Salmon, is it really healthy?
Scotland and Norway look so pristine, so wild and natural it is hard for us to believe that under the water they are hiding a dirty secret that is anything but natural - Salmon Farming
I have wanted to write this post for some time now. When I was travelling in beautiful wild parts of Scotland I would see salmon farms, they looked so unassuming. Then recently I watched a BBC clip on how these salmon are farmed and I was so shocked at the cruelty that these beautiful creatures have to endure. Salmon farming is factory farming and just like any other mass-produced food it is best avoided.
Part of a Healthy Diet
I feel the health industry is largely to blame for the rise in salmon farming. For years we have been extolling the benefits of omega 3 essential fatty acids found in oily fish, such as sardines, pilchards, herring, mackerel, tuna and salmon. Tuna and salmon are the preferred choices for many.
A healthy diet includes eating oily fish, like salmon 2 - 3 times a week as a beneficially way to get in those healthy omega 3’s. The health benefits have been well researched. Eating oily fish or supplementing with an omega 3 fish oil reduces inflammation, improves brain function and mood, is important for the cardiovascular system and helps keep skin healthy.
The number of “health” recipe books I have seen where predominately recipes are for salmon or trout, both of which are extensively farmed and the most expensive oily fish so not even attainable for many. in fact, most recipe books have fish recipes for salmon because like chicken it is so versatile, it can be poached, baked, fried and served perfectly filleted and bone free, making it a favourite for the home cook.
Historically salmon have always been seen as a rather heroic fish. The epic journey from a juvenile leaving the river and spending years in the sea. Then back into the river where it came from, fighting its way upstream and then dying after spawning, it seems so noble. As it made the journey back into the river at the end of its life it became much prized by fishermen. It was an expensive delicacy reserved for special occasions.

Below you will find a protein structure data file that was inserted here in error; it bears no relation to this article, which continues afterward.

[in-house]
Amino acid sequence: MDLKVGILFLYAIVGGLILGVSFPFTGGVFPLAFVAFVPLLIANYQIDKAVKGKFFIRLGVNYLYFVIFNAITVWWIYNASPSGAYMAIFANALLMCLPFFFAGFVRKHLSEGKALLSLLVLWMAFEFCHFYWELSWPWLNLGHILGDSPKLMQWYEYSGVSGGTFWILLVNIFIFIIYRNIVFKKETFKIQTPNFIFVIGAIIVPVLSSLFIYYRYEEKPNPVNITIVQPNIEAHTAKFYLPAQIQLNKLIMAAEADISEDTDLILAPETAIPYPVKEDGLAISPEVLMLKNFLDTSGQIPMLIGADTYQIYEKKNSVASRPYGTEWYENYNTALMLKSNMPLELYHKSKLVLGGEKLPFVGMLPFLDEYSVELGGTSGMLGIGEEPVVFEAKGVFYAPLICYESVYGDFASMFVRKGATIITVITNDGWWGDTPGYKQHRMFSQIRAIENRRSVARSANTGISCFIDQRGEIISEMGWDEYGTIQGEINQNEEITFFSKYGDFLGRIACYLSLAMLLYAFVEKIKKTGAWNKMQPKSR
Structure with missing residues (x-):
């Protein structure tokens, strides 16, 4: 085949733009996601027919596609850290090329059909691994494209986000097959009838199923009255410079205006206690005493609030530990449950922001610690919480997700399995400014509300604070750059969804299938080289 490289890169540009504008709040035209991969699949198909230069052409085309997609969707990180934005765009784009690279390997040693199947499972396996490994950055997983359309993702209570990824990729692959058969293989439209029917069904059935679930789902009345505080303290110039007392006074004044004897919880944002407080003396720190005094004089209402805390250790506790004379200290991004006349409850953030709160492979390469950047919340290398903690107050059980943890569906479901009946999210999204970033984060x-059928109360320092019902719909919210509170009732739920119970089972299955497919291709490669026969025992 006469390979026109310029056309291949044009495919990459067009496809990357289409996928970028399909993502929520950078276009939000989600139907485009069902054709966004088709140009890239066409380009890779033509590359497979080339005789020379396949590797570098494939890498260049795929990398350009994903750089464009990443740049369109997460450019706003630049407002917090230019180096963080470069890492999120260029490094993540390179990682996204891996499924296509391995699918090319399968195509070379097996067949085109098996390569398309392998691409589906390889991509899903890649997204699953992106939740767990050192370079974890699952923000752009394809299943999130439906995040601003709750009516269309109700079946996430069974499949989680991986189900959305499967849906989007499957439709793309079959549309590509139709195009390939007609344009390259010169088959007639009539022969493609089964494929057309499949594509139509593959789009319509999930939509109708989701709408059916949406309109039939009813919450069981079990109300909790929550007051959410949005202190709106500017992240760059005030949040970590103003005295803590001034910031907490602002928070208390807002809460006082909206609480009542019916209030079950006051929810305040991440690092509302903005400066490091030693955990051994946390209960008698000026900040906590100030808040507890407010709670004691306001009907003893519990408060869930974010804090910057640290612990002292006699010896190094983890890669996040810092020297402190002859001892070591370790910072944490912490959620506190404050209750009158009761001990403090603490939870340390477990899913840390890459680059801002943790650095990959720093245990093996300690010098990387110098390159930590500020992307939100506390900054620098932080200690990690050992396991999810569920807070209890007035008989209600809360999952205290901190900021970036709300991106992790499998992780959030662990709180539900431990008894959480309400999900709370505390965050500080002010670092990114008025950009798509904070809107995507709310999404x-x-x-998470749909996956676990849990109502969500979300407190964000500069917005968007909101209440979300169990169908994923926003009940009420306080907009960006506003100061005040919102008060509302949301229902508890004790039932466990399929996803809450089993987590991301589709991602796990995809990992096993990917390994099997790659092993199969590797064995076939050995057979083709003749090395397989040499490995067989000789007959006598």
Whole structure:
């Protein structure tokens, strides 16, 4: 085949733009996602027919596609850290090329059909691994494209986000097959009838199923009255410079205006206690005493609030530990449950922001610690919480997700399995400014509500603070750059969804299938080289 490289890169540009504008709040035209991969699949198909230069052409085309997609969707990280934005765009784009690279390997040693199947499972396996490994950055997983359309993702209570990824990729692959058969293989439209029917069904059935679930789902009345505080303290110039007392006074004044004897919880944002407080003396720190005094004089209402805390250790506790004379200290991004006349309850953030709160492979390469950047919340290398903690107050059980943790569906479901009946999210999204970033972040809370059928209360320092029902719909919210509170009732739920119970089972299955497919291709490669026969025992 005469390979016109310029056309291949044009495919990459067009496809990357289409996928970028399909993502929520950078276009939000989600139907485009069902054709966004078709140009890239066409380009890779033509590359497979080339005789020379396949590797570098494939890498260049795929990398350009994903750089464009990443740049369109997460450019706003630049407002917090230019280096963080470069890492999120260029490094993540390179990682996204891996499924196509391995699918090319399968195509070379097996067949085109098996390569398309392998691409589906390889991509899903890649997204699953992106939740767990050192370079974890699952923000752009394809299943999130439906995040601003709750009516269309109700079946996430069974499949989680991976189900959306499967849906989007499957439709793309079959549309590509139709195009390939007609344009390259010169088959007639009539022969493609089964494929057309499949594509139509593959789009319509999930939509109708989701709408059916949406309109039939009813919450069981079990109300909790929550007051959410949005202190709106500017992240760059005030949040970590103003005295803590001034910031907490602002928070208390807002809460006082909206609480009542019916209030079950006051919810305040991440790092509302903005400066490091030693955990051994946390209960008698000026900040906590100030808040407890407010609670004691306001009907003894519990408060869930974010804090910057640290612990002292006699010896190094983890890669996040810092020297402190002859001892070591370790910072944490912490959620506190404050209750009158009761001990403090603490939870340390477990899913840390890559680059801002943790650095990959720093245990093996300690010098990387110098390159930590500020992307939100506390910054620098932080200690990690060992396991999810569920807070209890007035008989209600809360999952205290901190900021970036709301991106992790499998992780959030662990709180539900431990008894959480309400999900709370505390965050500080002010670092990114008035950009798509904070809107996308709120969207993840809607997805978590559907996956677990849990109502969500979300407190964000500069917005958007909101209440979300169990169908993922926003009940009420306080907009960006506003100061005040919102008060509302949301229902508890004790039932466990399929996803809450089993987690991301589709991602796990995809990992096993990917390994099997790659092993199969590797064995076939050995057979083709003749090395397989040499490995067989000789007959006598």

Locally, in South Africa Norwegian or Scottish salmon is a real luxury that many seem willing to pay astronomical prices for. This is probably due to two reasons. One we have lots of recipes showing us how to cook it and two we know it is good for us. But is it really healthy and what are you really paying for?
Don’t for one moment think that your Woolworths salmon was caught in some Scottish river, it mostly comes from Norwegian salmon farms. Farmed salmon used to be just 5% of the market it is now 50% and all fish farms operate in a similar way.
Young fish are breed in freshwater tanks and then are moved out to penned off cages just off the coast. These cages hold huge numbers of salmon and like any farm with cramped conditions, disease and parasites are a problem.
Sea lice are one such problem, they eat the flesh around the salmon’s head and eventually cause the fish to die but not before it has suffered. Chemicals and antibiotics are used to treat diseases.
The really crazy thing is what the salmon are fed, to farm 1kg of salmon takes 2-5kg of wild fish, wouldn’t it better if we just ate the wild fish? Marine Harvest one of the biggest producers of farmed salmon have a salmon feed that is made up of 24% vegetable oils, 17% wheat, 14% corn, 12% fish meal, 11% soy protein, 10% beans and 8% fish oil. That doesn’t look like food that salmon would usually find in the oceans?
And to keep that pink colour, well they used to use dyes but more worryingly they are now using krill. Huge unsustainable amounts of krill are being harvested from the Antarctic to give the farmed salmon that “natural” pink colour. It is quite a lot pinker than wild salmon. Wild salmon would have eaten some krill but not the amount they are now being fed.
Is it good for us
Like all industrial farming generally, things have moved far from what is natural, just look at the feed they are given. They do contain omega 3, given to them in a concentrated form.